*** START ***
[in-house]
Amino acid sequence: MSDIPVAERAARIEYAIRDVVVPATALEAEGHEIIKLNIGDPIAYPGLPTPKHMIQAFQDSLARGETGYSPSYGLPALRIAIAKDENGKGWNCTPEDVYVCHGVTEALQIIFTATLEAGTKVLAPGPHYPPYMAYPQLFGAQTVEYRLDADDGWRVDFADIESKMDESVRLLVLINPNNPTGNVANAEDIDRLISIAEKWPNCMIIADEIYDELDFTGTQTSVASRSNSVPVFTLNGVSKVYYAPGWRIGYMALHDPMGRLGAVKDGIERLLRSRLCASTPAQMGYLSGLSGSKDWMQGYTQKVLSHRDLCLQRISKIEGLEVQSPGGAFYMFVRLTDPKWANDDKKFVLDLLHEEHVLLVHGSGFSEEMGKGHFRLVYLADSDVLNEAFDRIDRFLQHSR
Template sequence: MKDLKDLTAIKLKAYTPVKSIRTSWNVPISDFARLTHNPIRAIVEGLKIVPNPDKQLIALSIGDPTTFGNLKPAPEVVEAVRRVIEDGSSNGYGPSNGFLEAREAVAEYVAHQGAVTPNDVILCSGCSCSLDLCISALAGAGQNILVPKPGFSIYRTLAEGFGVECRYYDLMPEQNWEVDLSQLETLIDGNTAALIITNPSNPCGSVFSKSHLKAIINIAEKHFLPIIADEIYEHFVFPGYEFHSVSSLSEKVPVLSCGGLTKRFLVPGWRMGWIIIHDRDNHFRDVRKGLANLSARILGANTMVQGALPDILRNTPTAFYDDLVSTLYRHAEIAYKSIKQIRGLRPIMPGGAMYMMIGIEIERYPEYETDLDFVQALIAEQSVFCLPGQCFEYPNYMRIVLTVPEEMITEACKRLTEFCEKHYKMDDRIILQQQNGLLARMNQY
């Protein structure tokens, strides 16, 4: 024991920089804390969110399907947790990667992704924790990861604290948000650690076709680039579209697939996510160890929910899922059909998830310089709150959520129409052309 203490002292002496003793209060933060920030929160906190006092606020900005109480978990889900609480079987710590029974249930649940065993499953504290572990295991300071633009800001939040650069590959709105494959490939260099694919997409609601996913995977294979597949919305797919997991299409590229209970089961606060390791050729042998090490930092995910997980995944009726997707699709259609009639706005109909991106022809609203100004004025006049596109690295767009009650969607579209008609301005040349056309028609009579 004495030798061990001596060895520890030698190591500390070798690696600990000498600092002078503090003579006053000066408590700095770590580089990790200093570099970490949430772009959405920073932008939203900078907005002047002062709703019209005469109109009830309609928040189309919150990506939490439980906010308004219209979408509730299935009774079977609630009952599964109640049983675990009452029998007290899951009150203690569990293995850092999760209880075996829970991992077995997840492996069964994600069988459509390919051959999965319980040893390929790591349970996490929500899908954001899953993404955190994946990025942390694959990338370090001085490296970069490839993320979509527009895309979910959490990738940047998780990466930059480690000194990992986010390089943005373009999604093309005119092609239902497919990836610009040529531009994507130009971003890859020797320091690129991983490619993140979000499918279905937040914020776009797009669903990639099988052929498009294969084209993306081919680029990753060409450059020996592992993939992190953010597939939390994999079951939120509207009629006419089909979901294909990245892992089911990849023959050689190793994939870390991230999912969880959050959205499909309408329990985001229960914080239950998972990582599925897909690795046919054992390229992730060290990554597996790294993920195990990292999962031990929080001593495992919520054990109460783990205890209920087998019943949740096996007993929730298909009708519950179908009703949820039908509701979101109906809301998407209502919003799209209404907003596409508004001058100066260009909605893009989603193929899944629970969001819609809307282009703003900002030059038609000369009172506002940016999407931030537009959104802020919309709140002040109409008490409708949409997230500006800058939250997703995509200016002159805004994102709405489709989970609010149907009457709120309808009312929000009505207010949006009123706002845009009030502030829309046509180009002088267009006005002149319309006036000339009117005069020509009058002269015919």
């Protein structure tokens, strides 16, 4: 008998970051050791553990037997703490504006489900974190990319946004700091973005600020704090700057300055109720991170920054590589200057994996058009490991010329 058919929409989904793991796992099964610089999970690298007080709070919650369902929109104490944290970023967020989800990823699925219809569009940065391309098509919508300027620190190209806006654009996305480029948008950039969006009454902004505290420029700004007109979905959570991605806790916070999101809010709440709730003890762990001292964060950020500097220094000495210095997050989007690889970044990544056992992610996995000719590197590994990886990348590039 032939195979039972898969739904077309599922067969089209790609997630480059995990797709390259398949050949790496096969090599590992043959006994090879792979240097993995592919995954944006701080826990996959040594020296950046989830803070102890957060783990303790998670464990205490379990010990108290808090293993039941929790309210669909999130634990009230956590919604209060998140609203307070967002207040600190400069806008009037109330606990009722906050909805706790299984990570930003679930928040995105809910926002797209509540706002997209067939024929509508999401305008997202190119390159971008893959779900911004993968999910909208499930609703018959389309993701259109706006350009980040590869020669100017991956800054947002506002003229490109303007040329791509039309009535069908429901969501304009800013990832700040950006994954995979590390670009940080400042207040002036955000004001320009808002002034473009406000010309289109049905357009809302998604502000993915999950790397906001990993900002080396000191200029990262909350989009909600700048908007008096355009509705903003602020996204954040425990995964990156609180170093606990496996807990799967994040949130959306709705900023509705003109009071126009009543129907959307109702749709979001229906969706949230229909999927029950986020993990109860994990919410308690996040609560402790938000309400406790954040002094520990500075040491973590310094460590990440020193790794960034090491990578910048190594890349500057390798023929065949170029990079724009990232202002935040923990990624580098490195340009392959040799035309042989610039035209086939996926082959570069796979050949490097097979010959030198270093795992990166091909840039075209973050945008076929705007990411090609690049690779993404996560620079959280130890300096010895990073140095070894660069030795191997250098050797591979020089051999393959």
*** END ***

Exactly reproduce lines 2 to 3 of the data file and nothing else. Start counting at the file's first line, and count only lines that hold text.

Amino acid sequence: MSDIPVAERAARIEYAIRDVVVPATALEAEGHEIIKLNIGDPIAYPGLPTPKHMIQAFQDSLARGETGYSPSYGLPALRIAIAKDENGKGWNCTPEDVYVCHGVTEALQIIFTATLEAGTKVLAPGPHYPPYMAYPQLFGAQTVEYRLDADDGWRVDFADIESKMDESVRLLVLINPNNPTGNVANAEDIDRLISIAEKWPNCMIIADEIYDELDFTGTQTSVASRSNSVPVFTLNGVSKVYYAPGWRIGYMALHDPMGRLGAVKDGIERLLRSRLCASTPAQMGYLSGLSGSKDWMQGYTQKVLSHRDLCLQRISKIEGLEVQSPGGAFYMFVRLTDPKWANDDKKFVLDLLHEEHVLLVHGSGFSEEMGKGHFRLVYLADSDVLNEAFDRIDRFLQHSR
Template sequence: MKDLKDLTAIKLKAYTPVKSIRTSWNVPISDFARLTHNPIRAIVEGLKIVPNPDKQLIALSIGDPTTFGNLKPAPEVVEAVRRVIEDGSSNGYGPSNGFLEAREAVAEYVAHQGAVTPNDVILCSGCSCSLDLCISALAGAGQNILVPKPGFSIYRTLAEGFGVECRYYDLMPEQNWEVDLSQLETLIDGNTAALIITNPSNPCGSVFSKSHLKAIINIAEKHFLPIIADEIYEHFVFPGYEFHSVSSLSEKVPVLSCGGLTKRFLVPGWRMGWIIIHDRDNHFRDVRKGLANLSARILGANTMVQGALPDILRNTPTAFYDDLVSTLYRHAEIAYKSIKQIRGLRPIMPGGAMYMMIGIEIERYPEYETDLDFVQALIAEQSVFCLPGQCFEYPNYMRIVLTVPEEMITEACKRLTEFCEKHYKMDDRIILQQQNGLLARMNQY